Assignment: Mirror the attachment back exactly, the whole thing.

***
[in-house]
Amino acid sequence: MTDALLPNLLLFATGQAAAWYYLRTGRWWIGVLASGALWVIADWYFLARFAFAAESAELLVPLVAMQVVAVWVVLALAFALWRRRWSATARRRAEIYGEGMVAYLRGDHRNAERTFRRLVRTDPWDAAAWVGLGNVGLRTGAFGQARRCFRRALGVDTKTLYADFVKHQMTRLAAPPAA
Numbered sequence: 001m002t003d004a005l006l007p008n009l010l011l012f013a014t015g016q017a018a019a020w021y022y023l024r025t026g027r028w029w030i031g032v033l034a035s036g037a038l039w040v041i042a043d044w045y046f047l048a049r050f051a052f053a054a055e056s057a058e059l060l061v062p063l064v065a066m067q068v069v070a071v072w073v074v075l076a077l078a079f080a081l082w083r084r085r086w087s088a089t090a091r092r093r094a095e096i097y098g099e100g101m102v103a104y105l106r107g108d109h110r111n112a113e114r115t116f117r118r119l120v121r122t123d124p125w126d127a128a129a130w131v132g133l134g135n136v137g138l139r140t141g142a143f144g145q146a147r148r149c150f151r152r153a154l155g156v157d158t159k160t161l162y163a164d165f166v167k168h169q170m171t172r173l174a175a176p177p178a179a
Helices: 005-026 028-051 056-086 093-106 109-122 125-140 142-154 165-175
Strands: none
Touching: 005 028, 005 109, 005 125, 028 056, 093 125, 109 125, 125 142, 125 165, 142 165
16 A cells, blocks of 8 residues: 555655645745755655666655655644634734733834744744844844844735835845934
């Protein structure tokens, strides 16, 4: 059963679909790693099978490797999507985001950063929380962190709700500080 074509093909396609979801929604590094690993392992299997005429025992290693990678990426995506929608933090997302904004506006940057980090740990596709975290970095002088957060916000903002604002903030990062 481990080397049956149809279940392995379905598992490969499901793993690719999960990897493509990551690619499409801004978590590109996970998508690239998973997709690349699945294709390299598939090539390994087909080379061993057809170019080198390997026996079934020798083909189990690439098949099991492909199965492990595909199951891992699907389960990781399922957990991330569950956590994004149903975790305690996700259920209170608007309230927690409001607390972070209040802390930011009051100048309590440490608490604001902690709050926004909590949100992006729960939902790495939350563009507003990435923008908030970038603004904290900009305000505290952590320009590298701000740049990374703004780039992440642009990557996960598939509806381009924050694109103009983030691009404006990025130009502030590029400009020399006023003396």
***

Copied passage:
[in-house]
Amino acid sequence: MTDALLPNLLLFATGQAAAWYYLRTGRWWIGVLASGALWVIADWYFLARFAFAAESAELLVPLVAMQVVAVWVVLALAFALWRRRWSATARRRAEIYGEGMVAYLRGDHRNAERTFRRLVRTDPWDAAAWVGLGNVGLRTGAFGQARRCFRRALGVDTKTLYADFVKHQMTRLAAPPAA
Numbered sequence: 001m002t003d004a005l006l007p008n009l010l011l012f013a014t015g016q017a018a019a020w021y022y023l024r025t026g027r028w029w030i031g032v033l034a035s036g037a038l039w040v041i042a043d044w045y046f047l048a049r050f051a052f053a054a055e056s057a058e059l060l061v062p063l064v065a066m067q068v069v070a071v072w073v074v075l076a077l078a079f080a081l082w083r084r085r086w087s088a089t090a091r092r093r094a095e096i097y098g099e100g101m102v103a104y105l106r107g108d109h110r111n112a113e114r115t116f117r118r119l120v121r122t123d124p125w126d127a128a129a130w131v132g133l134g135n136v137g138l139r140t141g142a143f144g145q146a147r148r149c150f151r152r153a154l155g156v157d158t159k160t161l162y163a164d165f166v167k168h169q170m171t172r173l174a175a176p177p178a179a
Helices: 005-026 028-051 056-086 093-106 109-122 125-140 142-154 165-175
Strands: none
Touching: 005 028, 005 109, 005 125, 028 056, 093 125, 109 125, 125 142, 125 165, 142 165
16 A cells, blocks of 8 residues: 555655645745755655666655655644634734733834744744844844844735835845934
């Protein structure tokens, strides 16, 4: 059963679909790693099978490797999507985001950063929380962190709700500080 074509093909396609979801929604590094690993392992299997005429025992290693990678990426995506929608933090997302904004506006940057980090740990596709975290970095002088957060916000903002604002903030990062 481990080397049956149809279940392995379905598992490969499901793993690719999960990897493509990551690619499409801004978590590109996970998508690239998973997709690349699945294709390299598939090539390994087909080379061993057809170019080198390997026996079934020798083909189990690439098949099991492909199965492990595909199951891992699907389960990781399922957990991330569950956590994004149903975790305690996700259920209170608007309230927690409001607390972070209040802390930011009051100048309590440490608490604001902690709050926004909590949100992006729960939902790495939350563009507003990435923008908030970038603004904290900009305000505290952590320009590298701000740049990374703004780039992440642009990557996960598939509806381009924050694109103009983030691009404006990025130009502030590029400009020399006023003396």